The Conference will run over four days, with two to three engagement sessions a day. Sessions are titled Where We Are – Setting The Scene which is an introduction to the concept of a Locations Africa event, focusing on why this segment of the film industry is important, Sell The Dream which will look into the realities Locations Africa faces when promoting locations and services to international producers, Getting Involved, which will unpack training and awareness for new entrants into servicing and facilities management and Africa is Ready, which showcases through case studies, just how ready the industry is.

“Locations Africa has been over 4 years in the making with research from across the continent on the practicalities of physical production to ensure that our information through this expo, conference and web portal are as relevant and practical as possible,” says Azania Muendane, Director of Locations Africa. “Africa is ready for business and we believe that through Locations Africa, this will grow. We are very excited to be in partnership with the DIFF and the DFM, as this is the perfect setting to introduce a focused engagement of physical production, Locations and facilities on our continent. We encourage more inter-country productions and inbound international productions to interface with us at Locations Africa online or at the expo for their location shoot needs.”

Locations Africa will take place at the Tsogo Sun, Elangeni Hotel in Durban from July 19 to 22, and is open to all Durban FilmMart delegates. To register go to www.durbanfilmmart.co.za.

For more information on Locations Africa visit www.locationsafrica.com or email us at info@locationsafrica.com

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Durban International Film Festival Reveals Programmers For Its 40th Edition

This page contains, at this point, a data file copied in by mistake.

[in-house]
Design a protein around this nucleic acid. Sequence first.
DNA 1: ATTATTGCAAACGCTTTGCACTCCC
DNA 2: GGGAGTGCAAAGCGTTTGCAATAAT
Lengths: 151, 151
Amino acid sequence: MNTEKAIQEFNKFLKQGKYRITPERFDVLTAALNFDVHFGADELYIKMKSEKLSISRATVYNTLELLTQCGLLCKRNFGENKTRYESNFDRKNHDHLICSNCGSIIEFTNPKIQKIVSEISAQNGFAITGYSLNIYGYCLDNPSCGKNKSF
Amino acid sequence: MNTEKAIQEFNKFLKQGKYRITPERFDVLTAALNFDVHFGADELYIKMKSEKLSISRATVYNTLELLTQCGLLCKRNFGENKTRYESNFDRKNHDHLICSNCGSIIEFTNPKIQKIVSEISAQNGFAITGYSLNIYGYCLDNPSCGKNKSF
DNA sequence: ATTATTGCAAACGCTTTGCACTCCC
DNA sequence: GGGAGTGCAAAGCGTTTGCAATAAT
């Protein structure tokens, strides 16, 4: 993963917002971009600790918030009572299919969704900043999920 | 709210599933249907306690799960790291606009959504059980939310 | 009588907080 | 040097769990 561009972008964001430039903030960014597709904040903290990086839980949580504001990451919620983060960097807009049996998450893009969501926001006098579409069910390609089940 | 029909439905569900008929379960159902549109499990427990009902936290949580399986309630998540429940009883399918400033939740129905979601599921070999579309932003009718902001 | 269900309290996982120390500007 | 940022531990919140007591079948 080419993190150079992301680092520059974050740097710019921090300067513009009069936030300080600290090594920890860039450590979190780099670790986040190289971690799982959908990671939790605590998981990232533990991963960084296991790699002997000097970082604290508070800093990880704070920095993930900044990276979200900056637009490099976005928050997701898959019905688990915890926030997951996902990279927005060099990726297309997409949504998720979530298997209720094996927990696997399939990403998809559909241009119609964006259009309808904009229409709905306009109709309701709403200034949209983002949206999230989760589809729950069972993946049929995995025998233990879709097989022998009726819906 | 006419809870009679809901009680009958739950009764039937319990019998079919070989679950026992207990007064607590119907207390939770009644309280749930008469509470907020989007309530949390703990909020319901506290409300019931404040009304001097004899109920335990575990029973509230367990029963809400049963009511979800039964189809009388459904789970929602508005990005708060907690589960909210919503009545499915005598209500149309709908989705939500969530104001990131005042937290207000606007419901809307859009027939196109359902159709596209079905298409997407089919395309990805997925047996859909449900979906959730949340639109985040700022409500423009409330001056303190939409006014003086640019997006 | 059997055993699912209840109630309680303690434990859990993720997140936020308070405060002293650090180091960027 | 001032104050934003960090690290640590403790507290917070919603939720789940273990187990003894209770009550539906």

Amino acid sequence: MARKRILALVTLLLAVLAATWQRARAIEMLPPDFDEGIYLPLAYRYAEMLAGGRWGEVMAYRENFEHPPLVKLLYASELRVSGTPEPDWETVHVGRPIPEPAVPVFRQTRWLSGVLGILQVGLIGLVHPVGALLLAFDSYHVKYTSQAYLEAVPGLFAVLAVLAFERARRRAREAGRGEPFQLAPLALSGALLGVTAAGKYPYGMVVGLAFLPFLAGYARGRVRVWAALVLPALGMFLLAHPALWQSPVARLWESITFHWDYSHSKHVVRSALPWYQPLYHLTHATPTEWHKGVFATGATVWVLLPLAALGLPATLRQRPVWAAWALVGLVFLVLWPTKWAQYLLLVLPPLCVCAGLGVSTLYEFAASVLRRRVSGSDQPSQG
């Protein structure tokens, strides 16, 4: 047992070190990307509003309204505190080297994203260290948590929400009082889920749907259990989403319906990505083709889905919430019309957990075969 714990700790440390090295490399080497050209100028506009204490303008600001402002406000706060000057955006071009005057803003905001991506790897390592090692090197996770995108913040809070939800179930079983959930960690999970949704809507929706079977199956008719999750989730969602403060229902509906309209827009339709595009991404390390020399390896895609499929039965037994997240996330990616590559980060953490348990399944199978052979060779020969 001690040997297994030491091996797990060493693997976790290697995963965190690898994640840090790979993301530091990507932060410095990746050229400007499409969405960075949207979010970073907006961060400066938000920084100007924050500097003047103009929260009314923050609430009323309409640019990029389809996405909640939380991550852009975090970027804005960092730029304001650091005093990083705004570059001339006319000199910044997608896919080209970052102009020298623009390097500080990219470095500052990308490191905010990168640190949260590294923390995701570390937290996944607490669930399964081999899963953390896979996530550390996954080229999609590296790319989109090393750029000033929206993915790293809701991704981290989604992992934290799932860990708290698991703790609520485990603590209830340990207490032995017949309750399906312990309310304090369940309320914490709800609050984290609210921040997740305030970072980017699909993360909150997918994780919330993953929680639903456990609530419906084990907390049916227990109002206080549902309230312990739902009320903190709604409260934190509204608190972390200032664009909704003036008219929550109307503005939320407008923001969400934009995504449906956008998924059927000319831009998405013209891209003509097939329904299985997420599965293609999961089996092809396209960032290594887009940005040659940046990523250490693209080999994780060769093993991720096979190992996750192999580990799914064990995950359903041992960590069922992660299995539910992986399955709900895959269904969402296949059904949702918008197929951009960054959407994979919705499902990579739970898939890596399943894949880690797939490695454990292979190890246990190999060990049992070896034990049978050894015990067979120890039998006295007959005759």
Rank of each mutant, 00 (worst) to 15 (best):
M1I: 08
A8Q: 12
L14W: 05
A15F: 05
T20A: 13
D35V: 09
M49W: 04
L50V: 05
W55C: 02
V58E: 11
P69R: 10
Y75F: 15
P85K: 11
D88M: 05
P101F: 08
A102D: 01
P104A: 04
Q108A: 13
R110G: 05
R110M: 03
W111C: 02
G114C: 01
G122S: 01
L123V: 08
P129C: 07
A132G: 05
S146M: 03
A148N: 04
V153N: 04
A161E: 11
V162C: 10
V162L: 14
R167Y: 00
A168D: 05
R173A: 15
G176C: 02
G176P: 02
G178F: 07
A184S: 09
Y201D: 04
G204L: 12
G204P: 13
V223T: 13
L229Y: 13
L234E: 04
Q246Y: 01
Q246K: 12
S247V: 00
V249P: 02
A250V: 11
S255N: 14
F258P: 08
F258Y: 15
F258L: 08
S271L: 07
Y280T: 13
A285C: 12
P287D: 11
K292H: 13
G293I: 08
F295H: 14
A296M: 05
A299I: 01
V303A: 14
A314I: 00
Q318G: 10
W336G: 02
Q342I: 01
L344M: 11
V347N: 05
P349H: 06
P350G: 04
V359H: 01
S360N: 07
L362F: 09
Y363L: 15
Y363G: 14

As the Durban International Film Festival (DIFF) gears up for its 40th edition, eight programmers have been working tirelessly for four months to consolidate a strong programme for this major milestone in the history of film on the continent.

DIFF, organised by the University of KwaZulu-Natal’s Centre for Creative Arts, takes place this year from 18 to 28 July in venues around Durban, South Africa. It takes the record of being one of the oldest and largest festivals in Africa, presenting over 150 films, while also offering workshops, industry seminars, discussion forums and outreach activities that include screenings in townships areas, where cinemas are non-existent.

“In celebration of 40 years of DIFF, we are proud to reveal our strong line-up of programmers,” says DIFF Manager Chipo Zhou. “Our features panel includes Tsitsi Dangaremba (Zimbabwe), Gabrielle Kelly (USA), and Peter Machen (SA/Germany), the documentaries panel is made up of Theresa Hill (South Africa) and Nataleah Hunter-Young (Canada); while the shorts panel comprises Lisa Ogdie (USA), Fibby Kioria (Uganda) and Chioma Onyenwe (Nigeria).”

“The role of the programmers is vital in the shaping of a festival, and we are very excited to be working with such internationally-acclaimed and recognised individuals, representing a diverse range of expertise and interests. Their task, to select 150 films from an incredible 12300 entries to this year’s festival, was a formidable challenge, and we are most grateful to them. We had, as part of the DIFF extended family, 60 reviewers from around the globe to support them, and we look forward to locking down the programme over the next few weeks, and delivering a festival befitting its “fabulously fortieth” year.”

Zimbabwean playwright, poet, activist and award-winning novelist and filmmaker, Tsitsi Dangaremba, has produced several documentaries and short short films, and has credits on most of Zimbabwe’s feature film classics. Her award-winning short film Kare Kare Zvako (Mother’s Day, 2005) was screened at the Sundance Film Festival.

Theresa Hill, with 20 years of experience working in the documentary industry, is responsible for acquisitions, programming, marketing and planning for the online platform AfriDocs, and is also board member of the Ladima Foundation, a Pan-African non-profit organisation which aims to contribute to correcting the major imbalances within the industry.